Vox Pop - a valid tool or just cheap TV?
The recent birth of the royal baby - did you spot any coverage at all? - has produced a plethora of vox pop interviews, with the world and his wife getting stuck into a subject that really has no teeth for debate.
Vox populi - Latin for 'voice of the people' - should be a valid way to canvass opinion and test the mood of the country over certain issues. At the very least it should be a way of capturing the zeitgeist with everyman soundbites.
But a few hours after the heir apparent's name was announced, the BBC showed several clips of members of the public in varying states of approval. One declared 'what better name than George?' (eh?) and another said 'Louis sounds a bit French'. Really? Did these comments really add anything to what was already a fairly one-dimensional news story?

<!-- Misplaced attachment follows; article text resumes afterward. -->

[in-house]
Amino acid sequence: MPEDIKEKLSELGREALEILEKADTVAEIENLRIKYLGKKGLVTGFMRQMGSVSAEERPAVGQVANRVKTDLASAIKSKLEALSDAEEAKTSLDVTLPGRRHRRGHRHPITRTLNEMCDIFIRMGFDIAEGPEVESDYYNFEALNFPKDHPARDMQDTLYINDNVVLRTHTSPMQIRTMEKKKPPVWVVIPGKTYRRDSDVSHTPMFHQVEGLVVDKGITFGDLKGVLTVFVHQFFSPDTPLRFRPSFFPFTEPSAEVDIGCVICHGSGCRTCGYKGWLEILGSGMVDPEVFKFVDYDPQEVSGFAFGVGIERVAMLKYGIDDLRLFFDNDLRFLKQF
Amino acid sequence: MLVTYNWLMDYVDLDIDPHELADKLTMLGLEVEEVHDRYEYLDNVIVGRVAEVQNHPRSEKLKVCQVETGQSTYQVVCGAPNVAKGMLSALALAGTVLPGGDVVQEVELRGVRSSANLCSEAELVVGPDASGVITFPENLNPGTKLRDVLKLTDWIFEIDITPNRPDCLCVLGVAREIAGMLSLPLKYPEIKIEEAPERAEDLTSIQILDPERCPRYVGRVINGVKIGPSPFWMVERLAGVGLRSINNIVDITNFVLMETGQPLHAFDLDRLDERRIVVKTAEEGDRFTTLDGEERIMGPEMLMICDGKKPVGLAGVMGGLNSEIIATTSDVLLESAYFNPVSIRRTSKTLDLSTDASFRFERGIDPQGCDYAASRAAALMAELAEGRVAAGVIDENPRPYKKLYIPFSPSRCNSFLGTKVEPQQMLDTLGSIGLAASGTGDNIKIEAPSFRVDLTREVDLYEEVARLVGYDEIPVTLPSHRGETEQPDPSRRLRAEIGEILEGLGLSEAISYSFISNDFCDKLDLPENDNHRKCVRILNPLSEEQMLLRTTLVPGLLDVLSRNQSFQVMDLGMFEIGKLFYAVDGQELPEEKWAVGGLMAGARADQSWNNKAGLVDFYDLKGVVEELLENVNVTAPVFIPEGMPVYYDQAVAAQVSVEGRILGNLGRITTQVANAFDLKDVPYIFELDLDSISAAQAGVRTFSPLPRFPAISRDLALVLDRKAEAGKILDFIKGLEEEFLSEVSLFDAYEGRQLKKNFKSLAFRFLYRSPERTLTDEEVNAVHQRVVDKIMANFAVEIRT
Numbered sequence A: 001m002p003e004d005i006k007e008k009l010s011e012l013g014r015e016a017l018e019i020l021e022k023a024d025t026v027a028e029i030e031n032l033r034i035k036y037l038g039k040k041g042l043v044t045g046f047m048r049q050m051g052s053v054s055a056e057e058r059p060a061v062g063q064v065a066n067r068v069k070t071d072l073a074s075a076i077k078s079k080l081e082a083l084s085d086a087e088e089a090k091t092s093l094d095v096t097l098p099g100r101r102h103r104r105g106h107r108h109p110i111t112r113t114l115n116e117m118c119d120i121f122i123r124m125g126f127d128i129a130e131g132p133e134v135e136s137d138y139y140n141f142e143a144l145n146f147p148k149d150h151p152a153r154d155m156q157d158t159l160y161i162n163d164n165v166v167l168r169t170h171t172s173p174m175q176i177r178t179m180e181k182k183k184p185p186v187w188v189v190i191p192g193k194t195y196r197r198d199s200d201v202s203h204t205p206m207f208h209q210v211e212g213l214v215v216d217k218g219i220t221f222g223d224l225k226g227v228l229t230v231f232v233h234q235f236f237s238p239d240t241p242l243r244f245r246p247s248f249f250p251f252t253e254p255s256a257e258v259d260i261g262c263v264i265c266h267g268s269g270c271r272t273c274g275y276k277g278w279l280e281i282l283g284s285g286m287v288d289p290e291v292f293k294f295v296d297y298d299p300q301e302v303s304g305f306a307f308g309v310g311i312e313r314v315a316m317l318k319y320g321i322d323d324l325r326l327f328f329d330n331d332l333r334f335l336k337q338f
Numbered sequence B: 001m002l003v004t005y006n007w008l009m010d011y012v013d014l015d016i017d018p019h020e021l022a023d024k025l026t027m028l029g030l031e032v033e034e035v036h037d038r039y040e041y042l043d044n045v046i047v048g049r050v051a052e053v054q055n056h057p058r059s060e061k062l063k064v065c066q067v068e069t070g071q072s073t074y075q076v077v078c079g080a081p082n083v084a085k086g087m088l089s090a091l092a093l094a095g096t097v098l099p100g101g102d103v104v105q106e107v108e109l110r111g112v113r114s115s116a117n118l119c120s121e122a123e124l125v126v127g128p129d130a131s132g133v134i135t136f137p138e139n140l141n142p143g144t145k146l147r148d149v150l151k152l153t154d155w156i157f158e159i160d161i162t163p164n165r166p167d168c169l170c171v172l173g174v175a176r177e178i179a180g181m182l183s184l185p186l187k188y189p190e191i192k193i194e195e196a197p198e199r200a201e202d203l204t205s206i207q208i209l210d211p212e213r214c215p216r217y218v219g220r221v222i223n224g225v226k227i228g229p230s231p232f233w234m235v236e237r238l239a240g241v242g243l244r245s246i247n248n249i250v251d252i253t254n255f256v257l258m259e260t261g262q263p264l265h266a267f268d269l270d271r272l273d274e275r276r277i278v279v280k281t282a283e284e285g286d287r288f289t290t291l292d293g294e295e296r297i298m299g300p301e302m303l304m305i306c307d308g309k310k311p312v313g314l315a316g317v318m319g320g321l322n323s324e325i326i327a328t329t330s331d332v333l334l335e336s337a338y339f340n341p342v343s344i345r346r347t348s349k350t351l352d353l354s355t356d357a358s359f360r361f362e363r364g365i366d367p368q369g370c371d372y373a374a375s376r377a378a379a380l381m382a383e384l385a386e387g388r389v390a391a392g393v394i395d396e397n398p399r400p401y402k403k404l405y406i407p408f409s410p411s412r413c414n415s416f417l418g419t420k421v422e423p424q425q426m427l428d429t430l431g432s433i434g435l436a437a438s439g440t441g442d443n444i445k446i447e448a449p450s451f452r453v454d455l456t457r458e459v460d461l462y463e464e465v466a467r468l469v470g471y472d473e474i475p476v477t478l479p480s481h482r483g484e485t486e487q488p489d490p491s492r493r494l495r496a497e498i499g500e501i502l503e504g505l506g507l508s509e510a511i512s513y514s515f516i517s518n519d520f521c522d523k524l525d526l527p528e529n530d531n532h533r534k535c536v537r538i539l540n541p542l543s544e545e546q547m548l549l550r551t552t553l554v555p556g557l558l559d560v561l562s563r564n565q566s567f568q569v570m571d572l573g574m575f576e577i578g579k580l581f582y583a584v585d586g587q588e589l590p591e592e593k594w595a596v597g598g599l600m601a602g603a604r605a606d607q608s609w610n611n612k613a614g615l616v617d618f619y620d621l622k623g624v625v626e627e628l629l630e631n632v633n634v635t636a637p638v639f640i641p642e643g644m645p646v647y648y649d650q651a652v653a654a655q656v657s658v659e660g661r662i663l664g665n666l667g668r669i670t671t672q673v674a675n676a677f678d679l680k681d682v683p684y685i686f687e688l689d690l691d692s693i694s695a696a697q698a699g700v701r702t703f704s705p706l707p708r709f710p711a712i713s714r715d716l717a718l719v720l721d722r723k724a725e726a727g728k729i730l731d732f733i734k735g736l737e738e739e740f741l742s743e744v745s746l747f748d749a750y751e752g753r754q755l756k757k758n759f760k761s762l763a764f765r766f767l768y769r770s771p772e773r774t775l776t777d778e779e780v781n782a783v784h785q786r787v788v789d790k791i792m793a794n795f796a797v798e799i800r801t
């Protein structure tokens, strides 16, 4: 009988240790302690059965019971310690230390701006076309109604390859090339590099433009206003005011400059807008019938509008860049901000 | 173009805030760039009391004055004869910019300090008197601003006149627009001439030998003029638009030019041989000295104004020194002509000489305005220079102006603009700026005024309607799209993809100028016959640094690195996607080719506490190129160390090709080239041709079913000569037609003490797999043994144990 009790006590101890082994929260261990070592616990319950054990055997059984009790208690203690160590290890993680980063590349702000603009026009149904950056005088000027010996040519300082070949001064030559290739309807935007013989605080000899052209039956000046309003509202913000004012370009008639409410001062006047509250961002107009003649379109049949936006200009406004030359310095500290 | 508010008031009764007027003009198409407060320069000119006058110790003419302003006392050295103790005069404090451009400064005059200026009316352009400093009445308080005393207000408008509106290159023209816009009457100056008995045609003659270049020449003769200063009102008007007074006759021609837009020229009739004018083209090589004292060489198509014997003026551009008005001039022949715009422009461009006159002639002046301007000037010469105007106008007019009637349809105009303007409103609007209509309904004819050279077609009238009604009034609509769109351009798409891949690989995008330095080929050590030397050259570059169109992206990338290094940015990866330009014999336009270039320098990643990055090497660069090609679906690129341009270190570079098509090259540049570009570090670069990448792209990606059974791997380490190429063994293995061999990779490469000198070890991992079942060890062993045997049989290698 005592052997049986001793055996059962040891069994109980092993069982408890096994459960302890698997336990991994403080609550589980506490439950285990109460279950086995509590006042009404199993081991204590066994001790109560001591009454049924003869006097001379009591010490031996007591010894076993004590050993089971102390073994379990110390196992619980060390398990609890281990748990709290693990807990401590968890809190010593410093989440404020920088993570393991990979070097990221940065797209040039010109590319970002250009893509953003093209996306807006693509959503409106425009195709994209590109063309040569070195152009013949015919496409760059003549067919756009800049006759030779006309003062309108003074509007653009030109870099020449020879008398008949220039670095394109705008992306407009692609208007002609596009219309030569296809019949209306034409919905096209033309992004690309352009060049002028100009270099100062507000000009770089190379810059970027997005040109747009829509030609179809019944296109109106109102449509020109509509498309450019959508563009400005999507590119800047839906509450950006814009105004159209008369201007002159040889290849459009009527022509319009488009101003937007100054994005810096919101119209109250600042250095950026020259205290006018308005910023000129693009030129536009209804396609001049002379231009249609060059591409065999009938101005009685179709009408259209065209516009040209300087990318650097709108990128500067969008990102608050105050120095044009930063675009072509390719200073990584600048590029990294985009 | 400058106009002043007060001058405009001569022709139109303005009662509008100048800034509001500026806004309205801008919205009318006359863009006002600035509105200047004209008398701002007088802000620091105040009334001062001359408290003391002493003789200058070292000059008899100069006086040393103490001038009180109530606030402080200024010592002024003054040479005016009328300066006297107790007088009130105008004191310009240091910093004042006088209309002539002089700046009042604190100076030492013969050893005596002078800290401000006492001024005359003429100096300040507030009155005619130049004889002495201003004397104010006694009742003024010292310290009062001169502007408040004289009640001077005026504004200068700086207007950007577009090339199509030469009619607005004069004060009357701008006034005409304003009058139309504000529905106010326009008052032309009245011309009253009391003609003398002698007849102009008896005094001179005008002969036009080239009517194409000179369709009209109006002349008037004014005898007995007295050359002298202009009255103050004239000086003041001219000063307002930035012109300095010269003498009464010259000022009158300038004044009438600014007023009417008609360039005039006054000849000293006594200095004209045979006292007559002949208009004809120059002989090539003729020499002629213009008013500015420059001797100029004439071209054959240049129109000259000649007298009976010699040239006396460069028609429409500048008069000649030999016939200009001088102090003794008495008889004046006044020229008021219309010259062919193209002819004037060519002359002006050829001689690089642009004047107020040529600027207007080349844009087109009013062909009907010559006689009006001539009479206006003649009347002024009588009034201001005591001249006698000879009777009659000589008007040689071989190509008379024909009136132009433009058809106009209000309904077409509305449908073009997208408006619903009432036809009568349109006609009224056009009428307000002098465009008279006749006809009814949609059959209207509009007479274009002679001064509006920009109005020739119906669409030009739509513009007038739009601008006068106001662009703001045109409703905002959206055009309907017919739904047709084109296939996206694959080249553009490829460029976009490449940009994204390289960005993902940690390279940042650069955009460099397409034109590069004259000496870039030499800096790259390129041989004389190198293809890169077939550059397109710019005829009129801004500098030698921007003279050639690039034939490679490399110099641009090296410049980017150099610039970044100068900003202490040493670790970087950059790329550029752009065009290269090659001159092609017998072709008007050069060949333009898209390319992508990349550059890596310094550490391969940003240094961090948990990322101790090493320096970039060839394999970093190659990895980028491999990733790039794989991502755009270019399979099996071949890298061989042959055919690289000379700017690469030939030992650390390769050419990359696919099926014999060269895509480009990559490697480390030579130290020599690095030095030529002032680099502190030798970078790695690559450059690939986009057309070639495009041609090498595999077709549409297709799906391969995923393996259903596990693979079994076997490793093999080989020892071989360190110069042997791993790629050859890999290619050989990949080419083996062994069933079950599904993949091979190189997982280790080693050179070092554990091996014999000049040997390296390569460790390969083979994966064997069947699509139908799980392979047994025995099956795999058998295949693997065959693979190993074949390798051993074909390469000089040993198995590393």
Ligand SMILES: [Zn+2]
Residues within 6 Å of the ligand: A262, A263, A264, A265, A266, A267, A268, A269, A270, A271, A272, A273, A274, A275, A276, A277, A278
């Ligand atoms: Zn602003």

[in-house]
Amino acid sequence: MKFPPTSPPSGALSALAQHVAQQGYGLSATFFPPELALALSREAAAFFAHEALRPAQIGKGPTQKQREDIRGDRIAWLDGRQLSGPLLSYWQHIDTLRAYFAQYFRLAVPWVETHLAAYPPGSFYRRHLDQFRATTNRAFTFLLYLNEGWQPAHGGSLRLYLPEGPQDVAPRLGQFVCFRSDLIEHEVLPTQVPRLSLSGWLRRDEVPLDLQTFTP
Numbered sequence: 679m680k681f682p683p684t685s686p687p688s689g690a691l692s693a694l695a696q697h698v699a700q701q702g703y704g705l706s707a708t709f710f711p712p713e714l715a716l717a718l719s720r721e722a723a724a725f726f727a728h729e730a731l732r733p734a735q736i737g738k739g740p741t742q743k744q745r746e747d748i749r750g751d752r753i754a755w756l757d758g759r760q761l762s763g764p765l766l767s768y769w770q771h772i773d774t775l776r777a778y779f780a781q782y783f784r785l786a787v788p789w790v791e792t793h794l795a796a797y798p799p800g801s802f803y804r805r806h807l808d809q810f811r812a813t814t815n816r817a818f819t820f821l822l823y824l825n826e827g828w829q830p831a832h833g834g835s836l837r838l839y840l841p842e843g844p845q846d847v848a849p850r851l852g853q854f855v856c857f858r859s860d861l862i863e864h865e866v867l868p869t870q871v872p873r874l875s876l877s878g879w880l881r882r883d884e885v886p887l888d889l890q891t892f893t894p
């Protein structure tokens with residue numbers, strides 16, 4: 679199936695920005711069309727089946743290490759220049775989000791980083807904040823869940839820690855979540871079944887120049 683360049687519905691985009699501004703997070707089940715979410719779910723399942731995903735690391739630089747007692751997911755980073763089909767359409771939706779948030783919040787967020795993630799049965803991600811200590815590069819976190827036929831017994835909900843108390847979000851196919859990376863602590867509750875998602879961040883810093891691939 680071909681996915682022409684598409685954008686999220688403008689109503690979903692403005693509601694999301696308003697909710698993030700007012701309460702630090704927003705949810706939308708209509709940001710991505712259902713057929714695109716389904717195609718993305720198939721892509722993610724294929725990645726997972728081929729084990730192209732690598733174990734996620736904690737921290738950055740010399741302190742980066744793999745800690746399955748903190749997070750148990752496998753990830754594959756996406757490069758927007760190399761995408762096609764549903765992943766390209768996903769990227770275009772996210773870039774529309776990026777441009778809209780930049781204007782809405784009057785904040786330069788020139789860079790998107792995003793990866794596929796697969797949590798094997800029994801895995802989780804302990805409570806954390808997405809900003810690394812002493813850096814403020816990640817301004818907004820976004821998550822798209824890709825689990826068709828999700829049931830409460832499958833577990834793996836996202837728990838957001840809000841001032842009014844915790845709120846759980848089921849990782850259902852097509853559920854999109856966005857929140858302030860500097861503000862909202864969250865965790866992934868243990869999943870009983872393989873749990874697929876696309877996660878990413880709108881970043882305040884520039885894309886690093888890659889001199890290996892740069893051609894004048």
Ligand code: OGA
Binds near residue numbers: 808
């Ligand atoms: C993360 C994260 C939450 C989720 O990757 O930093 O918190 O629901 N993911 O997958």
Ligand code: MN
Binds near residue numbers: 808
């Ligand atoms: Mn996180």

We agree that for a vox pop to work, it has to be a genuine straw poll, taking a snapshot of ordinary views. But surely the more banal the remark, the more is detracted from the original news story?
Granted, it is the silly season. But do we want to watch and hear people crammed onto crowded beaches, talking about the fact they are finding the sun rather hot, but that ice-cream helps? Does it bring anything to the table?
While we're on the subject of cheap TV, what's with the recent trend for Joe Public's photographs being newsworthy? At the first sign of snow, an appeal goes out for people to send their pictures of their gardens, snowmen, robins etc. Really?
And a last thought on the royal baby: when George Alexander Louis made his debut in front of the world's waiting media, swaddled snugly in his comforter, is that what they call blanket coverage?
(Sorry, couldn't resist!)
Do you think vox pop is a valid tool for TV producers nowadays? Have you ever taken part in one, either side of the camera? Let us know via our Facebook page or by leaving your comments below.